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Overwintering Red Wasps
It truly is the most wonderful time of the year – even for us pest controllers, as many insects such as ants become dormant. But is this the case for all pests? One species that seems to increase in numbers are red wasps.
The key phrase is seems to, because by most accounts, red wasps (also known as paper wasps) do in fact decrease in numbers during this time frame. However, young, mated female wasps will look for shelter in cracks and crevices of buildings or homes in order to survive through the fall and winter months. This phenomenon is referred to as overwintering.
According to the Texas A&M AgriLife Extension, “…in late summer, queens stop laying eggs and the colony soon begins to decline. In the fall, mated female offspring of the queen seek overwintering sites.” Female wasps look for sanctuary and it can appear that their numbers have increased due to the visual barrage of wasps swarming around warmer sides of structures. But the wasps are simply testing the property, looking for small gaps and openings, in search of spaces large enough to squeeze their tiny insect bodies into, giving them the protection they need from the soon-to-arrive colder, wetter climates. Donald Lewis, from the Iowa State University Department of Entomology states, “… the wasps that survive the winter are the fertilized “foundress” queens that will start “from scratch” to build a new nest and colony…. [Subsequently] finding wasps indoors in the spring does not automatically mean there was a nest in the [structure].” The same goes for finding wasps within the structure in the fall or winter. Again, the overwintering female wasps are not looking to nest or create colonies – they are simply in search of temporary shelter.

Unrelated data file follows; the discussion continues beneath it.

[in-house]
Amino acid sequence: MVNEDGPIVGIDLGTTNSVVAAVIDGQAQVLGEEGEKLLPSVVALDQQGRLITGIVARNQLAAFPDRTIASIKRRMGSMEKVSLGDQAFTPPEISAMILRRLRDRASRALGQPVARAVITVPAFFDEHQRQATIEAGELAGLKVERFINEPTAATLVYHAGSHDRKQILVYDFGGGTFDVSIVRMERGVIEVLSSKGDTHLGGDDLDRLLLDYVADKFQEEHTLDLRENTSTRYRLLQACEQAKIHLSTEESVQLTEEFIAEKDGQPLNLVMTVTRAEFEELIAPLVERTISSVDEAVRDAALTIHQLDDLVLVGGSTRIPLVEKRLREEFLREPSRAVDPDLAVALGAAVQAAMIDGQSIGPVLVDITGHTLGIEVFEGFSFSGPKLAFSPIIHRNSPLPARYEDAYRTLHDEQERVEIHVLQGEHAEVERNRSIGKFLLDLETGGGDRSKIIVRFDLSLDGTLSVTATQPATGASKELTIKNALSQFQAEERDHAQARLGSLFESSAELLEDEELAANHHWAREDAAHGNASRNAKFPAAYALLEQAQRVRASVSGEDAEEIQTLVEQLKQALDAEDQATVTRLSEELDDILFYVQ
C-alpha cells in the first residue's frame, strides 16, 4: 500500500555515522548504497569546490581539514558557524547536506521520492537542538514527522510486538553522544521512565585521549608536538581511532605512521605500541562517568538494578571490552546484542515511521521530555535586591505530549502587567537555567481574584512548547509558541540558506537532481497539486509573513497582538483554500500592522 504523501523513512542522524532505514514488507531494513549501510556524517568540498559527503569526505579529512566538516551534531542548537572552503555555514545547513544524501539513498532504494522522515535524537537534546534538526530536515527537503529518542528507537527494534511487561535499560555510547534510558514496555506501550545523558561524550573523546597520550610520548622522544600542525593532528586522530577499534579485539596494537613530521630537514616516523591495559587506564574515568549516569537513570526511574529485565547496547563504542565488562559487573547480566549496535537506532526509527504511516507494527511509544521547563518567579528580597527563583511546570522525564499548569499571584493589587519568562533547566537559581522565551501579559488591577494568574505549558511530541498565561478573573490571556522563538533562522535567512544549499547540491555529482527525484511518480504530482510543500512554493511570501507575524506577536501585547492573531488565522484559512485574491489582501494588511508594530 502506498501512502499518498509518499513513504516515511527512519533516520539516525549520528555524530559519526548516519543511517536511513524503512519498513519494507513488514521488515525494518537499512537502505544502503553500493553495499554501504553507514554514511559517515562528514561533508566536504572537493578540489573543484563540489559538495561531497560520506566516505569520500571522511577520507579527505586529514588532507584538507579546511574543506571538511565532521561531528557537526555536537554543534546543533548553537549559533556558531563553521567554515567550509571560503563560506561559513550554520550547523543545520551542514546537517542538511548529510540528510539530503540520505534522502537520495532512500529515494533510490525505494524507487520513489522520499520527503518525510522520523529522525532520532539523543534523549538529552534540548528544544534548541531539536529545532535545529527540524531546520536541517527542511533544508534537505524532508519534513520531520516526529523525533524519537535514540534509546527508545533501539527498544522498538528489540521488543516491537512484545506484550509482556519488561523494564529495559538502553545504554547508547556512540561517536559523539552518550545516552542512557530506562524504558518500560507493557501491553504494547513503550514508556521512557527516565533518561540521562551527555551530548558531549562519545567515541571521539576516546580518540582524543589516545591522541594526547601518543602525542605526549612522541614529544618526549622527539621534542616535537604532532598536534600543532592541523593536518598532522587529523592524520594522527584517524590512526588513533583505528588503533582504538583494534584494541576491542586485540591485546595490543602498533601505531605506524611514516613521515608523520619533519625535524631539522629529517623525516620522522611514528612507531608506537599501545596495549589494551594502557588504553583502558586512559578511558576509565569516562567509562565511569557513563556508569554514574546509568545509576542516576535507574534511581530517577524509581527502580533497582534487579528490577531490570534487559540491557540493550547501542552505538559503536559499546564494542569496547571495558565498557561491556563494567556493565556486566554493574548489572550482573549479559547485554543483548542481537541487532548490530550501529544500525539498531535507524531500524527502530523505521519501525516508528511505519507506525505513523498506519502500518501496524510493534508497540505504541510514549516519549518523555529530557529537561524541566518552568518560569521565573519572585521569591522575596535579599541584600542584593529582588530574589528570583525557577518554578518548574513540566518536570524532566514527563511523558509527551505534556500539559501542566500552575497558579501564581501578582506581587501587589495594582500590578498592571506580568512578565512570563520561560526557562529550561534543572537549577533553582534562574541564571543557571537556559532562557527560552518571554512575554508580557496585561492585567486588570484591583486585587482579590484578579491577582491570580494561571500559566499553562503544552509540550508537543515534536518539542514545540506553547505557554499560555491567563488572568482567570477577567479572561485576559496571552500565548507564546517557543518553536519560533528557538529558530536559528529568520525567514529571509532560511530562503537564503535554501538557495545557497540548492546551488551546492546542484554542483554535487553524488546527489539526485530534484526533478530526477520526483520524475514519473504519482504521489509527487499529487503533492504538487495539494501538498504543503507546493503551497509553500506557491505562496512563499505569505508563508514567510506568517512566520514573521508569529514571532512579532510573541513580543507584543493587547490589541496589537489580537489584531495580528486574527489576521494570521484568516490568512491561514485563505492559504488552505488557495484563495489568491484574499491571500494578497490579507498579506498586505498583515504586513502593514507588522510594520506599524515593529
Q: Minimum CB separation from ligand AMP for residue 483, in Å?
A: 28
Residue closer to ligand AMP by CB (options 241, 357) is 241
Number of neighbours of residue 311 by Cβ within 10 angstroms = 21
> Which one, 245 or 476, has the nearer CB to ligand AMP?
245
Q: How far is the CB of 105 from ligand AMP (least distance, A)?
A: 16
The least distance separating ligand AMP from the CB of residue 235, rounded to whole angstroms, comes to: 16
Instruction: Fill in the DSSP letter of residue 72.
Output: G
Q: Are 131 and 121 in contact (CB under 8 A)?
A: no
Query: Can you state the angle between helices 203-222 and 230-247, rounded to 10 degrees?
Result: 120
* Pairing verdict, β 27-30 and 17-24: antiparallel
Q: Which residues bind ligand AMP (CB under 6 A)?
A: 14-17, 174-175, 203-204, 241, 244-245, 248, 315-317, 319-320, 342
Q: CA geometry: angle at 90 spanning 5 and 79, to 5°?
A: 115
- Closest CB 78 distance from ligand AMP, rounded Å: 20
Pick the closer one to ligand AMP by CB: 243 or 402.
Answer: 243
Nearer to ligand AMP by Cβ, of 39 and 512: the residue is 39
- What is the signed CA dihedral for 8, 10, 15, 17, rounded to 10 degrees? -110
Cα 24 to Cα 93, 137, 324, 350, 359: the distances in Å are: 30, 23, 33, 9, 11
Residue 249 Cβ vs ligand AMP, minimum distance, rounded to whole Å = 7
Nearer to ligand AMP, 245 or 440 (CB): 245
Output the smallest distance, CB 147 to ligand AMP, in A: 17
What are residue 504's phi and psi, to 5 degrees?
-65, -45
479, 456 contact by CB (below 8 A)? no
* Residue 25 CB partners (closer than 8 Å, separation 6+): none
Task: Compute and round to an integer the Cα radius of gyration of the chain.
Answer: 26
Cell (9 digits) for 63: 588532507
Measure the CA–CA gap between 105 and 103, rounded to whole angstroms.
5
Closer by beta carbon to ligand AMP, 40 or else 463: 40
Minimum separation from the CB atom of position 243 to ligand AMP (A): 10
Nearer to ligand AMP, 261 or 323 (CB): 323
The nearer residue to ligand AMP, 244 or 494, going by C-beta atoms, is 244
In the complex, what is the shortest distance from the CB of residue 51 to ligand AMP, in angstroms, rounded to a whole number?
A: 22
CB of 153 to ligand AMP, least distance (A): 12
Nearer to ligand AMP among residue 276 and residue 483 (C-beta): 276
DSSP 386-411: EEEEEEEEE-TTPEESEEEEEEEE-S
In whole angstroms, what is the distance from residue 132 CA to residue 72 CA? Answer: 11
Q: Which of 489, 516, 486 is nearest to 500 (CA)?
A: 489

While in the state of overwintering, wasps are sluggish and are not typically aggressive, though that is little comfort to those witnessing their antics. Pesticides may be used in any visible cracks and crevices and those areas that are within reach, but will do little to deter the pests from flying in and around the area. (If the pest does not land on the topical application, it will not be eliminated.) Unless there are specific gaps or penetrations that can be sealed or addressed through mechanical means, often the answer is simply wait until the first or second cold snap of the season to kick in. Once the cold weather settles in, those wasps that did not find shelter will die off and those that did will transition into a hibernation-like state until Spring when they will attempt to emerge from their make-shift shelter and fly away.